President, Royal Architectural Institute of Canada
This is the most significant investment in the Centre Block since it was built over 100 years ago. This major overhaul and upgrade is necessary because the Centre Block did not meet modern codes and standards. The building’s systems and components were beyond their useful life and at increasing risk of failure prior to its closure.
This highly complex project is a monumental endeavour of rehabilitation and modernization. The scale of this project is immense:
- Approximately 10 million pounds of asbestos has already been removed from the building and over 20 million pounds is expected to be removed in total.
- Approximately 40,000 truckloads of rock has to be excavated and will be recycled in construction building materials.
- More than 20,000 heritage assets have to be carefully restored.
- Over 1,600 windows have to be replaced, and approximately 250 stained glass windows restored.
- The entire Centre Block will be placed on a grid of over 500 base isolators, which will act as giant shock absorbers to separate the building from seismic shock waves in the event of an earthquake and ensure the building meets modern building codes.
This project builds on and draws upon lessons from a series of major projects, including the West Block and the Senate of Canada Building, all completed on time and on budget.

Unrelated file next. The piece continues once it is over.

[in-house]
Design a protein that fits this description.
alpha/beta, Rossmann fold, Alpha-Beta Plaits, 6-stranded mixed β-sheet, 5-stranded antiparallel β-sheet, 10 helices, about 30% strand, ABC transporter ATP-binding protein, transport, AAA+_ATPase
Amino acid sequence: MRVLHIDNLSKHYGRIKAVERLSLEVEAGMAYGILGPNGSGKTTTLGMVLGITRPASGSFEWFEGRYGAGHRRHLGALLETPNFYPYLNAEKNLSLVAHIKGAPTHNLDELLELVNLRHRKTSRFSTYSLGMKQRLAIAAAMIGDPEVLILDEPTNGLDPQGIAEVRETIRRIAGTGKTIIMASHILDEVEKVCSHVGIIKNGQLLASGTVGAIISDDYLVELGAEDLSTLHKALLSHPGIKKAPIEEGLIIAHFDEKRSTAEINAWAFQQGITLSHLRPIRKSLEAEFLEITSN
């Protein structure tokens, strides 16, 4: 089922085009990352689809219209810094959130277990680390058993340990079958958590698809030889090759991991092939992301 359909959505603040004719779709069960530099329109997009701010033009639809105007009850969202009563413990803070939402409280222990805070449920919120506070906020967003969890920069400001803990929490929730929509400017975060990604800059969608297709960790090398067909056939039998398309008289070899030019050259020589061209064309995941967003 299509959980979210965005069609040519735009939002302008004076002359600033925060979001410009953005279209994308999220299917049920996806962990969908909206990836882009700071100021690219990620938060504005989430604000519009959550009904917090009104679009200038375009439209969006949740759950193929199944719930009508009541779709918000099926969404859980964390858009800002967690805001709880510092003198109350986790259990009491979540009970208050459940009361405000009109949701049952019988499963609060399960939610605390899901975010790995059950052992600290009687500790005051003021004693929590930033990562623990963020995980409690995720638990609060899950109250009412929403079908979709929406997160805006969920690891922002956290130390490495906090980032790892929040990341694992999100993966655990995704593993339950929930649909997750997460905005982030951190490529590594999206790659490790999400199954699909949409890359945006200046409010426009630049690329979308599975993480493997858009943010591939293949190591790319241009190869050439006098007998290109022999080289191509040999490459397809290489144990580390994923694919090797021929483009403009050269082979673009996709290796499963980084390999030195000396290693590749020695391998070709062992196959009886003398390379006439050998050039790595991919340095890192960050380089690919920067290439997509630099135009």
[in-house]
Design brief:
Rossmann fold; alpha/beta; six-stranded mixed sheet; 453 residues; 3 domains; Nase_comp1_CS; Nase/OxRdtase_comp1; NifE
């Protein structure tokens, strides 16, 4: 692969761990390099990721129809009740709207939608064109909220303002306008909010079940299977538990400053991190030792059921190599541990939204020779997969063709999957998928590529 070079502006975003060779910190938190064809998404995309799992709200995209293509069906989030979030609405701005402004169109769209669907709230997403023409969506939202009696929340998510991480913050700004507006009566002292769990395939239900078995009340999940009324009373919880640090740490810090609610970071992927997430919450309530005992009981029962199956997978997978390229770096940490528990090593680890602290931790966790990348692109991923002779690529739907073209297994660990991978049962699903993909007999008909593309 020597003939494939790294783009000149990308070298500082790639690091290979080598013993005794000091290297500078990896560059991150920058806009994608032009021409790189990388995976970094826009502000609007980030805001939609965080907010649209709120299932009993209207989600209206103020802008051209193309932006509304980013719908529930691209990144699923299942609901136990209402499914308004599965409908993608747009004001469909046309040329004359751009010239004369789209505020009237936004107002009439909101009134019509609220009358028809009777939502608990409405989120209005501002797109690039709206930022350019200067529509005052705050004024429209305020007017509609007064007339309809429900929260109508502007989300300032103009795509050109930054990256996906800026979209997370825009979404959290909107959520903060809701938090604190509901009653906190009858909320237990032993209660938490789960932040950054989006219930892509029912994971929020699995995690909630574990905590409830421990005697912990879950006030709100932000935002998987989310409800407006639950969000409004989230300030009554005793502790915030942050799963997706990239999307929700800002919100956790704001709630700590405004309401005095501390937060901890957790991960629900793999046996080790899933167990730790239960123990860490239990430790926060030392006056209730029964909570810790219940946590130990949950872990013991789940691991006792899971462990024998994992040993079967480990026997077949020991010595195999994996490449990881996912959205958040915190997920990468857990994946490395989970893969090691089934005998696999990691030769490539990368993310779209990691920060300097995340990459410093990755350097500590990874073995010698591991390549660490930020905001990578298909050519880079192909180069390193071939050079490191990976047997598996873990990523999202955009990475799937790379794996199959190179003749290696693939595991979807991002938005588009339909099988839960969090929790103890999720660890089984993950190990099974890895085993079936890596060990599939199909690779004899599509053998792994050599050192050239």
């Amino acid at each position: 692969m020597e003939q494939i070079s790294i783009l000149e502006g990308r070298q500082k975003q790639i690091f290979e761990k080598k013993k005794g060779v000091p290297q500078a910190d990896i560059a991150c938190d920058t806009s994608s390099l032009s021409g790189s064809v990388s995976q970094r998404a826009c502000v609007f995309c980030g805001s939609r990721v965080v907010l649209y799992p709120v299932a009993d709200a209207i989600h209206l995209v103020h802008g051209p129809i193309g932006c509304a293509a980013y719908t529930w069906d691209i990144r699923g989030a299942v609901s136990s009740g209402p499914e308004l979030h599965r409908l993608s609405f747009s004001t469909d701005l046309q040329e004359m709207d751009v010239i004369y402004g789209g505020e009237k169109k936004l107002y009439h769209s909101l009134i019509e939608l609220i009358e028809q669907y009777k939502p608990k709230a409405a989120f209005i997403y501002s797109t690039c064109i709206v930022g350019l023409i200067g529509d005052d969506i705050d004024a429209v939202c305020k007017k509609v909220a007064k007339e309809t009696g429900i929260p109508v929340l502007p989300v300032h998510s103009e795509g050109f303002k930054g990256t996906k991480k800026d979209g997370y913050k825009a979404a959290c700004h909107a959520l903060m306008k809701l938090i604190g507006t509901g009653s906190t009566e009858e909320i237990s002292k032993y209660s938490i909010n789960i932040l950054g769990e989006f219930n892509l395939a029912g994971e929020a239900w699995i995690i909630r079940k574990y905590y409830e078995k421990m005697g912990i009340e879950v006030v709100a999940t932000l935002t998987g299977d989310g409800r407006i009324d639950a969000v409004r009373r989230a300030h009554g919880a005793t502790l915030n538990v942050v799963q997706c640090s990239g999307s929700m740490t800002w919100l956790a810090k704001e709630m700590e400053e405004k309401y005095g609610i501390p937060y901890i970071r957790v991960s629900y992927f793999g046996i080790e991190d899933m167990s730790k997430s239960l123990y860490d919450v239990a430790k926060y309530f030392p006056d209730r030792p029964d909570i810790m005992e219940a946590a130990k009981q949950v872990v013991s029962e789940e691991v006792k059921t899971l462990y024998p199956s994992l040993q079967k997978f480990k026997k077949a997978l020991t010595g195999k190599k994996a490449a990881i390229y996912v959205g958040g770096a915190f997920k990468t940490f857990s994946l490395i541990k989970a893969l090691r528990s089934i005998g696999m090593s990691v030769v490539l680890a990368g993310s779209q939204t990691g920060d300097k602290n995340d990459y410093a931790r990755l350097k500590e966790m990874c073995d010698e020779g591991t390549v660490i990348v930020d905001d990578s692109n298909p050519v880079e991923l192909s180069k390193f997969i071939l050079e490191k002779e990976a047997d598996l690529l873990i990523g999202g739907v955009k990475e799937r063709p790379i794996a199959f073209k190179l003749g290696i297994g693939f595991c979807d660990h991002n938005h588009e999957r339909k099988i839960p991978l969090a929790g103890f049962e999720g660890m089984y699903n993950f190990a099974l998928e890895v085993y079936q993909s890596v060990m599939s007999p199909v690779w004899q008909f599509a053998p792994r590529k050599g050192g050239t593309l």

- The Centre Block is approximately 3.5 times the size of the West Block and has significantly more heritage elements to be preserved and restored.
- The West Block rehabilitation cost $863 million (2011-2018) and took 7 years to complete. This would equate to approximately $1.14B in 2021.
Energy consumption will be reduced by at least 75% and water consumption by over 50%.
The new Parliament Welcome Centre will create a safe and secure environment for the functions of Parliament and an open, accessible space to welcome and engage school groups and the hundreds of thousands of people who visit Parliament each year.
Today, an average of 400 workers are on-site daily, with the number expected to increase to over 1,500 workers at the project’s peak. PSPC is targeting to subcontract at least 5% of current and future work on this project to Indigenous firms. As well, 90% of the work delivered will flow to small and medium enterprises across Canada.
PSPC has been working hand- in-hand with its parliamentary partners, including the Senate of Canada, the House of Commons, and the Library of Parliament, to establish operational and functional requirements and to develop the design. More than 150 experts have contributed to the design concept.
The design has benefited from an independent review process carried out in partnership with the National Capital Commission and the Royal Architectural Institute of Canada. This review and feedback process involved a group of eminent Canadian architects and design professionals as well as a former architect of the U.S. Capitol, who was responsible to the American Congress and the U.S. Supreme Court for the operation and maintenance of the buildings and lands of Capitol Hill. The group has helped refine the current design.
PSPC retained an internationally recognized, third-party cost estimator (Turner & Townsend) to provide an independent validation of the cost estimates for the rehabilitation of the Centre Block and the construction of the Parliament Welcome Centre.
Office of the Honourable Anita Anand
Public Services and Procurement Canada